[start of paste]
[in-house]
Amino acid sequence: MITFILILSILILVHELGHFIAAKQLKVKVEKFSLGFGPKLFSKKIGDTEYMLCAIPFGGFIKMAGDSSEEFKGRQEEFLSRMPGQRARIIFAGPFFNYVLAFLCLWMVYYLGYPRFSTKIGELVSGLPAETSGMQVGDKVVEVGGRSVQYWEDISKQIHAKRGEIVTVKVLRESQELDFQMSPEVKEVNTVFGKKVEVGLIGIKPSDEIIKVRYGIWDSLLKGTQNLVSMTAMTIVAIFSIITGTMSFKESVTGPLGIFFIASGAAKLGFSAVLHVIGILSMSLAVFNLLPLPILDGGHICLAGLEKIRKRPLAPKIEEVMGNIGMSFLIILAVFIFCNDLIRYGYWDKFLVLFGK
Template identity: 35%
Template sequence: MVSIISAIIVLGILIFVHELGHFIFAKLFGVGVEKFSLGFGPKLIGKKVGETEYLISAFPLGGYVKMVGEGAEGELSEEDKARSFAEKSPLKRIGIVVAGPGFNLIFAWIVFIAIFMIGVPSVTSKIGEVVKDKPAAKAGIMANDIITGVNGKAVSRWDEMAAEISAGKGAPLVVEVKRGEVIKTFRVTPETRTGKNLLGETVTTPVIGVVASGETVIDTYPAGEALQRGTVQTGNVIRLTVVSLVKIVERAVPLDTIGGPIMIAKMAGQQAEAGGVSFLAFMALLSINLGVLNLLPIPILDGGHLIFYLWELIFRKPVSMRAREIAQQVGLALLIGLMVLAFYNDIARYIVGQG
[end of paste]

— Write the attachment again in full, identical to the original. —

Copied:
[in-house]
Amino acid sequence: MITFILILSILILVHELGHFIAAKQLKVKVEKFSLGFGPKLFSKKIGDTEYMLCAIPFGGFIKMAGDSSEEFKGRQEEFLSRMPGQRARIIFAGPFFNYVLAFLCLWMVYYLGYPRFSTKIGELVSGLPAETSGMQVGDKVVEVGGRSVQYWEDISKQIHAKRGEIVTVKVLRESQELDFQMSPEVKEVNTVFGKKVEVGLIGIKPSDEIIKVRYGIWDSLLKGTQNLVSMTAMTIVAIFSIITGTMSFKESVTGPLGIFFIASGAAKLGFSAVLHVIGILSMSLAVFNLLPLPILDGGHICLAGLEKIRKRPLAPKIEEVMGNIGMSFLIILAVFIFCNDLIRYGYWDKFLVLFGK
Template identity: 35%
Template sequence: MVSIISAIIVLGILIFVHELGHFIFAKLFGVGVEKFSLGFGPKLIGKKVGETEYLISAFPLGGYVKMVGEGAEGELSEEDKARSFAEKSPLKRIGIVVAGPGFNLIFAWIVFIAIFMIGVPSVTSKIGEVVKDKPAAKAGIMANDIITGVNGKAVSRWDEMAAEISAGKGAPLVVEVKRGEVIKTFRVTPETRTGKNLLGETVTTPVIGVVASGETVIDTYPAGEALQRGTVQTGNVIRLTVVSLVKIVERAVPLDTIGGPIMIAKMAGQQAEAGGVSFLAFMALLSINLGVLNLLPIPILDGGHLIFYLWELIFRKPVSMRAREIAQQVGLALLIGLMVLAFYNDIARYIVGQG